• Doublets
  • WordNet 3.6
    • n doublet a man's close-fitting jacket; worn during the Renaissance
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Webster's Revised Unabridged Dictionary
    • Doublet A close-fitting garment for men, covering the body from the neck to the waist or a little below. It was worn in Western Europe from the 15th to the 17th century.
    • Doublet (Lapidary Work) A counterfeit gem, composed of two pieces of crystal, with a color them, and thus giving the appearance of a naturally colored gem. Also, a piece of paste or glass covered by a veneer of real stone.
    • Doublet A game somewhat like backgammon.
    • Doublet (Print) A word or words unintentionally doubled or set up a second time.
    • Doublet (Opt) An arrangement of two lenses for a microscope, designed to correct spherical aberration and chromatic dispersion, thus rendering the image of an object more clear and distinct.
    • Doublet One of two or more words in the same language derived by different courses from the same original from; as, crypt and grot are doublets; also, guard and ward; yard and garden; abridge and abbreviate, etc.
    • Doublet Two dice, each of which, when thrown, has the same number of spots on the face lying uppermost; as, to throw doublets .
    • Doublet Two of the same kind; a pair; a couple.
    • ***
Century Dictionary and Cyclopedia
    • n doublet One of a pair of like things; a duplicate: in most uses commonly in the plural.
    • n doublet Specifically— In typography, an unintentional duplication of a word, phrase, passage, etc. Also double.
    • n doublet In philology, a duplicate form of a word; one of two (or, by extension, three or more) words originally the same, but having come to differ in form, and usually more or less in meaning. Doublets are very common in English. They usually consist of an older and a later form, the older being generally descended and the later directly borrowed from the same original (as benison, benediction; malison, malediction, etc.), or two accidental variations of one original, sometimes slightly discriminated (as alarm, alarum, etc.), or of a standard literary and a dialectal form (as church, kirk; lord, laird, etc.). See dimorphism, 5.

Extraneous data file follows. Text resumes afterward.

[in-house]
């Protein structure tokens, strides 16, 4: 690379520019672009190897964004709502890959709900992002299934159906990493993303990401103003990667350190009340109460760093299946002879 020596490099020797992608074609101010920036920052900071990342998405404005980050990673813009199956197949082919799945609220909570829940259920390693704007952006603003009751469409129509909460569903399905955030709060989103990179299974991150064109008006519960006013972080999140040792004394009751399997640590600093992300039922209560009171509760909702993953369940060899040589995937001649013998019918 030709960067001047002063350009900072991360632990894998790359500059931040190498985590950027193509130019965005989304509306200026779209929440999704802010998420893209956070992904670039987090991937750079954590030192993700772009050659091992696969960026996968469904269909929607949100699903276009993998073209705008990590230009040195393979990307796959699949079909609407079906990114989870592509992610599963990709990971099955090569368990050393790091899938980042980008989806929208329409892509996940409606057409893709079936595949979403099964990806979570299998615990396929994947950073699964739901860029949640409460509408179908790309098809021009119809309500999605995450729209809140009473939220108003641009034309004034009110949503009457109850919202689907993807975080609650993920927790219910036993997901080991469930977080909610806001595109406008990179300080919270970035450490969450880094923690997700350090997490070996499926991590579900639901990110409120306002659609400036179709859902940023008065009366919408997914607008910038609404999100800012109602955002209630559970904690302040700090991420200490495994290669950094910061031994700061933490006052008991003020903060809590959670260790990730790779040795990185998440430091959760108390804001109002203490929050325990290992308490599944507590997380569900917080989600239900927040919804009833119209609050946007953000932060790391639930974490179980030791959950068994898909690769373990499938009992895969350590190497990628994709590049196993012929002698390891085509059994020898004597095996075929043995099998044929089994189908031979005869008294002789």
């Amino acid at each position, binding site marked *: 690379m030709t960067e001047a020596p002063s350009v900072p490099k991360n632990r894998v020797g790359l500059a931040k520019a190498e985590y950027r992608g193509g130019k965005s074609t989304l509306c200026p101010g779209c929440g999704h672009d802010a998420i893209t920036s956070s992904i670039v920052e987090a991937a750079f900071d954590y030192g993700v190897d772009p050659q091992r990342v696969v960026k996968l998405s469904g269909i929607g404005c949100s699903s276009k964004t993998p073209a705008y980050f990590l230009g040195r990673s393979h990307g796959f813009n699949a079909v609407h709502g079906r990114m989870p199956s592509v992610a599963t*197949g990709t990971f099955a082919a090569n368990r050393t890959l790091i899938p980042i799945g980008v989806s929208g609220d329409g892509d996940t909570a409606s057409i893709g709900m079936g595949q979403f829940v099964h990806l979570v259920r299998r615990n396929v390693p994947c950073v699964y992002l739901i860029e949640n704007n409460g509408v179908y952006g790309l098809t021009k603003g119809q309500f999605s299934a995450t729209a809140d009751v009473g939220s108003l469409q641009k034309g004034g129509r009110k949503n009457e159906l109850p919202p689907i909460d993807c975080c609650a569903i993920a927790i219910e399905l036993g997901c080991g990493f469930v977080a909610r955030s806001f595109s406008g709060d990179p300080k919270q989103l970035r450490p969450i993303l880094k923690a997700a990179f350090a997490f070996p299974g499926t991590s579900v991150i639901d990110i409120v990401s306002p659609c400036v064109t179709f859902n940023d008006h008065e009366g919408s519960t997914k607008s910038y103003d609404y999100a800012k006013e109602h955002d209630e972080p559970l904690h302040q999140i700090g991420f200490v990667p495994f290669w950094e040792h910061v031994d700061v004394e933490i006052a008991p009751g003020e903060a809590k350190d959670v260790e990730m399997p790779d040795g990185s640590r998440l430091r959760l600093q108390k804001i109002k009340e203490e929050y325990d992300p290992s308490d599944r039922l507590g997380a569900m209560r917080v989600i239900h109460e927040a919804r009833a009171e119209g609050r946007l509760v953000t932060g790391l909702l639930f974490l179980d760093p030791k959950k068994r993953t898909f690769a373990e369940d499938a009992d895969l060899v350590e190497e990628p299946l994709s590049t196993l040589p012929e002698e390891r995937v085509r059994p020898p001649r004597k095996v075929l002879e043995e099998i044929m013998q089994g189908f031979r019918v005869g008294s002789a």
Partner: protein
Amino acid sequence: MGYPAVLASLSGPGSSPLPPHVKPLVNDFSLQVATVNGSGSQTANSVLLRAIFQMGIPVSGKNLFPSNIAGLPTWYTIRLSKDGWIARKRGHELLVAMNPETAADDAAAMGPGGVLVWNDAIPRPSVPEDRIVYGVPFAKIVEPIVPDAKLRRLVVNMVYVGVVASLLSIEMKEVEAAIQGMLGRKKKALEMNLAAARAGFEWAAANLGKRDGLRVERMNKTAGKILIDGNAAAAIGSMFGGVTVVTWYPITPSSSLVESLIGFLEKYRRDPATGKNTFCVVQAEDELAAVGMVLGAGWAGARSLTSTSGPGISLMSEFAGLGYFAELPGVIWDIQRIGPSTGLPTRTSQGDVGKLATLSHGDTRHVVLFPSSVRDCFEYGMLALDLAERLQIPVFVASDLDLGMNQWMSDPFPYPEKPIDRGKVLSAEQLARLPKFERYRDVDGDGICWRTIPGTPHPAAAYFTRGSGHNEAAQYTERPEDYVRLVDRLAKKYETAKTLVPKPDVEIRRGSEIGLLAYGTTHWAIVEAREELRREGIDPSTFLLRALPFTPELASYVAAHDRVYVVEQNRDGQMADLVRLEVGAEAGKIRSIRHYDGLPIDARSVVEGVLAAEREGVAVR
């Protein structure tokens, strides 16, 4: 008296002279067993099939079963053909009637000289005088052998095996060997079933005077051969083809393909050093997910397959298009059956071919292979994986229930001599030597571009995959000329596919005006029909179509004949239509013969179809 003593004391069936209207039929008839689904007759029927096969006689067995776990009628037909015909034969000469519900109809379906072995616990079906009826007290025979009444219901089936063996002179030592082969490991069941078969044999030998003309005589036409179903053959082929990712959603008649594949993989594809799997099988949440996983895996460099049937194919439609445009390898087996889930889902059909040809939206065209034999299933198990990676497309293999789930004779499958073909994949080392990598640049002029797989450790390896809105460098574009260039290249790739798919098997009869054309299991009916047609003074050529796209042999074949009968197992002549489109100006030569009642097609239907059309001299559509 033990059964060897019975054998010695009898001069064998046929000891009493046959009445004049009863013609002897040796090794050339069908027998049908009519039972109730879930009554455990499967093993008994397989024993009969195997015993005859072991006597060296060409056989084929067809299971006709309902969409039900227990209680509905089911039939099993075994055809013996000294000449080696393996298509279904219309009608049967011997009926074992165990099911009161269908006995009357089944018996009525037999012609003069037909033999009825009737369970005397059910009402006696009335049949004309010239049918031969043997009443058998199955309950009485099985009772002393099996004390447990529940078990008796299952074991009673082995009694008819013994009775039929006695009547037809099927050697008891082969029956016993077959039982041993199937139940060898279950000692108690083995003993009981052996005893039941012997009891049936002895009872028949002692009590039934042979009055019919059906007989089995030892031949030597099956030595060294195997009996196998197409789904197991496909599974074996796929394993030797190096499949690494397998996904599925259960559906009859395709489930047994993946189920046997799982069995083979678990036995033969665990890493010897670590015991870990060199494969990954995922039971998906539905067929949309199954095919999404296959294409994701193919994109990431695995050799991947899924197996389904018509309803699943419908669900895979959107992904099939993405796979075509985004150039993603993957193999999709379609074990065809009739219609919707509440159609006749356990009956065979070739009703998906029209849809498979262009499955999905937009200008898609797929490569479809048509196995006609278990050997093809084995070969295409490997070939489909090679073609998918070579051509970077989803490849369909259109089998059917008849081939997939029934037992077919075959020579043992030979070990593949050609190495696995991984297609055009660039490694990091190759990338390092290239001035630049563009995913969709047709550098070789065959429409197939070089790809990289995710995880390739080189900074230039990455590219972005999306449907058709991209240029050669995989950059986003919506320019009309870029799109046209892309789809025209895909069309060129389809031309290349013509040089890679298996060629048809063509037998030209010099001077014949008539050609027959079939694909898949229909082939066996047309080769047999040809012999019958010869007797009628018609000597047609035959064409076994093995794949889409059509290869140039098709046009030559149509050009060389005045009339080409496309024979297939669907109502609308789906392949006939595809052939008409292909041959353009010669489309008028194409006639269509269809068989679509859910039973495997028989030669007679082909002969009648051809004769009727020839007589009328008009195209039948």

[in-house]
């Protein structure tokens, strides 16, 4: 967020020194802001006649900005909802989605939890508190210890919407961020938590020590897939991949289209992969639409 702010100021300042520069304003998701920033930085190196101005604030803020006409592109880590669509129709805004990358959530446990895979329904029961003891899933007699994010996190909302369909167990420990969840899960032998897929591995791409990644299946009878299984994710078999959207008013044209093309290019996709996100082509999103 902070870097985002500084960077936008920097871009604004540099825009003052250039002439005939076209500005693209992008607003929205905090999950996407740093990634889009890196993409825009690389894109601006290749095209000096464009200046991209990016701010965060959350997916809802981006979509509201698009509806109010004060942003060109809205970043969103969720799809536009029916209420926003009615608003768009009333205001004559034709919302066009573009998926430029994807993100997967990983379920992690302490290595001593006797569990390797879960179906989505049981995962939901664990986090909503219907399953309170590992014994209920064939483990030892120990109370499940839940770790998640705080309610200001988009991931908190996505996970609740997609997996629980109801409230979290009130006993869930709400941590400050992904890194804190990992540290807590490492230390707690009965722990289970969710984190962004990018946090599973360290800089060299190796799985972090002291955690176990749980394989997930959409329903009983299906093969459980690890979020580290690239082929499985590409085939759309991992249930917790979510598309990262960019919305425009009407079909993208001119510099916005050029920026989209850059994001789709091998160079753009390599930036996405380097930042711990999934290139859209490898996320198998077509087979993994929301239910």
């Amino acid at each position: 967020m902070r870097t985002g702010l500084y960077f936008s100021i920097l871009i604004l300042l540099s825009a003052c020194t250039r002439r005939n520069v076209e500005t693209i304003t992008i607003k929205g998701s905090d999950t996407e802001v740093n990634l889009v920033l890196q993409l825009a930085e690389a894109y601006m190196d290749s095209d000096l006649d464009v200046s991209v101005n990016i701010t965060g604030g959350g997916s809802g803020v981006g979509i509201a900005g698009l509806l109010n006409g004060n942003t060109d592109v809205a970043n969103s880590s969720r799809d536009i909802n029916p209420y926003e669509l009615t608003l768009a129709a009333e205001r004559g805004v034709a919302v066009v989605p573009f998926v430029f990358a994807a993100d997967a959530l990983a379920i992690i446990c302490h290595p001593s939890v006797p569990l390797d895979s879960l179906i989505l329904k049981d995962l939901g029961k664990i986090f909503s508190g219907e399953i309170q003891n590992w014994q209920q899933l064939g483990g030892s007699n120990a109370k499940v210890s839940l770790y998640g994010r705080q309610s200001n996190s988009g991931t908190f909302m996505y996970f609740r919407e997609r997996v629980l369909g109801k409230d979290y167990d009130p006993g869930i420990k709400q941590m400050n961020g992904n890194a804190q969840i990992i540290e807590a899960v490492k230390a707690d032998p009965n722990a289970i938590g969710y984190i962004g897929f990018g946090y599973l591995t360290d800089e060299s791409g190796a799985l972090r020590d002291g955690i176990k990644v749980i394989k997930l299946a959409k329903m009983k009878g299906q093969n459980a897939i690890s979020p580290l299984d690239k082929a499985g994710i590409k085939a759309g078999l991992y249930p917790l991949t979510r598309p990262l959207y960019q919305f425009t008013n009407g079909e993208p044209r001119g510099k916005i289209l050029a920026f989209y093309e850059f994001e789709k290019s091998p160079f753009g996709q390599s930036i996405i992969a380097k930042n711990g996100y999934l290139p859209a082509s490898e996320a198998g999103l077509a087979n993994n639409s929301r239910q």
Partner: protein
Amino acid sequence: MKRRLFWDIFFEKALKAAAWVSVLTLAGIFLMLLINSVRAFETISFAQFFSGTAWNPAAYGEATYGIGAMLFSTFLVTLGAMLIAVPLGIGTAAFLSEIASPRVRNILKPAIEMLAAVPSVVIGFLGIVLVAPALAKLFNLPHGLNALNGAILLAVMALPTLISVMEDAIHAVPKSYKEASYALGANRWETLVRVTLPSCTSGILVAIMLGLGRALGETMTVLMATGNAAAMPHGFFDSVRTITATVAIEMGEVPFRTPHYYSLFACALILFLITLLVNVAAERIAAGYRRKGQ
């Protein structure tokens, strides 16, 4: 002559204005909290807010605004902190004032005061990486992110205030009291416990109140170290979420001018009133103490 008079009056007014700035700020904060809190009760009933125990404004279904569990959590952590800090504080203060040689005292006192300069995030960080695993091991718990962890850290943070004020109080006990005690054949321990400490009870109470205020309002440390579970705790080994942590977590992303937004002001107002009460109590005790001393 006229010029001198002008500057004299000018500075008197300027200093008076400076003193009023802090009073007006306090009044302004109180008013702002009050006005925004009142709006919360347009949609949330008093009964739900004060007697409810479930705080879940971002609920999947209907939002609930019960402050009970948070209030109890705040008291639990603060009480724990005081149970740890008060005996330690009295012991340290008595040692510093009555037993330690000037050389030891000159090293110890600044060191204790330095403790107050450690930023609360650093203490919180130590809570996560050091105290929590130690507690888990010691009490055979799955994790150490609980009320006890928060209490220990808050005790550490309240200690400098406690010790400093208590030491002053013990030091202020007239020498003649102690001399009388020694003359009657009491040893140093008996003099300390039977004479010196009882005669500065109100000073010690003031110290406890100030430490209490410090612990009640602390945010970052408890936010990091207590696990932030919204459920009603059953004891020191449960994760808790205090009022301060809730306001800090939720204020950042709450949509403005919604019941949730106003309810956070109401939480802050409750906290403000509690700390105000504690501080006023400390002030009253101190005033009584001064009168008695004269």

• n doublet In heraldry, a chevron-shaped bearing which issues from either side of the field, and reaches nearly to the opposite side without touching it.
    • n doublet One of a pair of dice turned up in throwing when they both present the same number of spots: usually in the plural: as, to throw doublets.
    • n doublet Something formed by a union of two like things; a duplicate combination. Specifically— A counterfeit gem composed of two pieces of crystal with a layer of color between them, giving the effect of a genuine colored stone.
    • n doublet In optics, a combination of two simple lenses, with the object of diminishing the chromatic and spherical aberration: in the former use called specifically an achromatic doublet. The Wollaston doublet (see the extract) consists of two plano-convex lenses placed a short distance apart in the eyepiece of a microscope.
    • n doublet plural A game with dice upon tables, somewhat resembling backgammon.
    • n doublet An outer body-garment such as was worn by men from about the end of the fifteenth until about the middle of the seventeenth century. Originally it had short skirts, and was girded round the body with a belt of leather or similar material. Later it was cut and adjusted with great care, and even Stuffed or bombasted into an exact shape. At this period it sometimes had skirts, but was more often made without them. Throughout the sixteenth century the doublet usually had sleeves; under the reign of Charles I. of England it became universally an undergarment, being made without sleeves, and was thus the prototype of the modern waistcoat. So long as doublets were a common garment for men, they were frequently imitated in the fashions of feminine dress: thus, a similar body-garment for women was worn about 1580, and again in the reign of Charles II. of England, corresponding nearly to the modern sack, having sleeves and short skirts.